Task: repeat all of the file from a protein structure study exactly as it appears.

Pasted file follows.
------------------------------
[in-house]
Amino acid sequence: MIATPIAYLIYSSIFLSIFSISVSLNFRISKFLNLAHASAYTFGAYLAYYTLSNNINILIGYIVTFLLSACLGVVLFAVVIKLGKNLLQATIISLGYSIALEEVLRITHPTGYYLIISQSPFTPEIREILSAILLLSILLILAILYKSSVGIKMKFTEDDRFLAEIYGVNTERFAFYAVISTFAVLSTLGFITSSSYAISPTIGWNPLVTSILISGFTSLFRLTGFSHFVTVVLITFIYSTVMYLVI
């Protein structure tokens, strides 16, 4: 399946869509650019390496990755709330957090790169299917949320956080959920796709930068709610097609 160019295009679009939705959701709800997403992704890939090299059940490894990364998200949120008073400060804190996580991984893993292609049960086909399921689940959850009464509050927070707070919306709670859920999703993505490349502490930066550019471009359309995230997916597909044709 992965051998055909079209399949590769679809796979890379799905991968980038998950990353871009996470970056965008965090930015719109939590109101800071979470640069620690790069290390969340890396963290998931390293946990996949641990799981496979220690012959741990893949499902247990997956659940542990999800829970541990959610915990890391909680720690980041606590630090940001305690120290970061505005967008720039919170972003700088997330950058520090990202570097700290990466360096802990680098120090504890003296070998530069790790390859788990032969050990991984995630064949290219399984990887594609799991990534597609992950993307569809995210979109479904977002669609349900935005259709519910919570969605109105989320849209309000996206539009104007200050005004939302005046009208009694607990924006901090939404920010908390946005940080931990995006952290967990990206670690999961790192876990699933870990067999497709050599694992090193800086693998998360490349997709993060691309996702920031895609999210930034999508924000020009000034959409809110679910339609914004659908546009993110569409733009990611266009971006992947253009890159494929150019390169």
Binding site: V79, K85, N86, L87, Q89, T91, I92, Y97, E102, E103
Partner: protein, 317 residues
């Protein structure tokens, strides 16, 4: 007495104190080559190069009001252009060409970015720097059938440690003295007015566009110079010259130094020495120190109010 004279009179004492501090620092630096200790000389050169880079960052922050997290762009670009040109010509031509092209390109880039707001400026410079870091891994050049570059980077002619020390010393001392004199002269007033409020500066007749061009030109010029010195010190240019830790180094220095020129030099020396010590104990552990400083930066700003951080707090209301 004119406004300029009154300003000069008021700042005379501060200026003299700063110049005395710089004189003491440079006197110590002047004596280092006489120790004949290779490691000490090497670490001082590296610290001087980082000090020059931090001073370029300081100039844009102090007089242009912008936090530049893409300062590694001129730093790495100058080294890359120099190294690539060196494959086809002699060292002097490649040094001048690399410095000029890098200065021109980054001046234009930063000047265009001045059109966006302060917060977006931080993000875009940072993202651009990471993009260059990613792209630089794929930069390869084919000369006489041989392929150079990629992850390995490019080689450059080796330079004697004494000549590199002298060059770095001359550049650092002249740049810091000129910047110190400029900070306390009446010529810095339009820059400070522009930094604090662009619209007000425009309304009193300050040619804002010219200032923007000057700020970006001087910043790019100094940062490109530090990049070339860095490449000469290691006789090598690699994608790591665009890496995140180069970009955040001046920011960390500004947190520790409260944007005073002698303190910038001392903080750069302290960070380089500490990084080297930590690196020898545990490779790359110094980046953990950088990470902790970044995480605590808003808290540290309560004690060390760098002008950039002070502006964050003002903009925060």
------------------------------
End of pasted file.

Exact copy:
[in-house]
Amino acid sequence: MIATPIAYLIYSSIFLSIFSISVSLNFRISKFLNLAHASAYTFGAYLAYYTLSNNINILIGYIVTFLLSACLGVVLFAVVIKLGKNLLQATIISLGYSIALEEVLRITHPTGYYLIISQSPFTPEIREILSAILLLSILLILAILYKSSVGIKMKFTEDDRFLAEIYGVNTERFAFYAVISTFAVLSTLGFITSSSYAISPTIGWNPLVTSILISGFTSLFRLTGFSHFVTVVLITFIYSTVMYLVI
């Protein structure tokens, strides 16, 4: 399946869509650019390496990755709330957090790169299917949320956080959920796709930068709610097609 160019295009679009939705959701709800997403992704890939090299059940490894990364998200949120008073400060804190996580991984893993292609049960086909399921689940959850009464509050927070707070919306709670859920999703993505490349502490930066550019471009359309995230997916597909044709 992965051998055909079209399949590769679809796979890379799905991968980038998950990353871009996470970056965008965090930015719109939590109101800071979470640069620690790069290390969340890396963290998931390293946990996949641990799981496979220690012959741990893949499902247990997956659940542990999800829970541990959610915990890391909680720690980041606590630090940001305690120290970061505005967008720039919170972003700088997330950058520090990202570097700290990466360096802990680098120090504890003296070998530069790790390859788990032969050990991984995630064949290219399984990887594609799991990534597609992950993307569809995210979109479904977002669609349900935005259709519910919570969605109105989320849209309000996206539009104007200050005004939302005046009208009694607990924006901090939404920010908390946005940080931990995006952290967990990206670690999961790192876990699933870990067999497709050599694992090193800086693998998360490349997709993060691309996702920031895609999210930034999508924000020009000034959409809110679910339609914004659908546009993110569409733009990611266009971006992947253009890159494929150019390169």
Binding site: V79, K85, N86, L87, Q89, T91, I92, Y97, E102, E103
Partner: protein, 317 residues
């Protein structure tokens, strides 16, 4: 007495104190080559190069009001252009060409970015720097059938440690003295007015566009110079010259130094020495120190109010 004279009179004492501090620092630096200790000389050169880079960052922050997290762009670009040109010509031509092209390109880039707001400026410079870091891994050049570059980077002619020390010393001392004199002269007033409020500066007749061009030109010029010195010190240019830790180094220095020129030099020396010590104990552990400083930066700003951080707090209301 004119406004300029009154300003000069008021700042005379501060200026003299700063110049005395710089004189003491440079006197110590002047004596280092006489120790004949290779490691000490090497670490001082590296610290001087980082000090020059931090001073370029300081100039844009102090007089242009912008936090530049893409300062590694001129730093790495100058080294890359120099190294690539060196494959086809002699060292002097490649040094001048690399410095000029890098200065021109980054001046234009930063000047265009001045059109966006302060917060977006931080993000875009940072993202651009990471993009260059990613792209630089794929930069390869084919000369006489041989392929150079990629992850390995490019080689450059080796330079004697004494000549590199002298060059770095001359550049650092002249740049810091000129910047110190400029900070306390009446010529810095339009820059400070522009930094604090662009619209007000425009309304009193300050040619804002010219200032923007000057700020970006001087910043790019100094940062490109530090990049070339860095490449000469290691006789090598690699994608790591665009890496995140180069970009955040001046920011960390500004947190520790409260944007005073002698303190910038001392903080750069302290960070380089500490990084080297930590690196020898545990490779790359110094980046953990950088990470902790970044995480605590808003808290540290309560004690060390760098002008950039002070502006964050003002903009925060």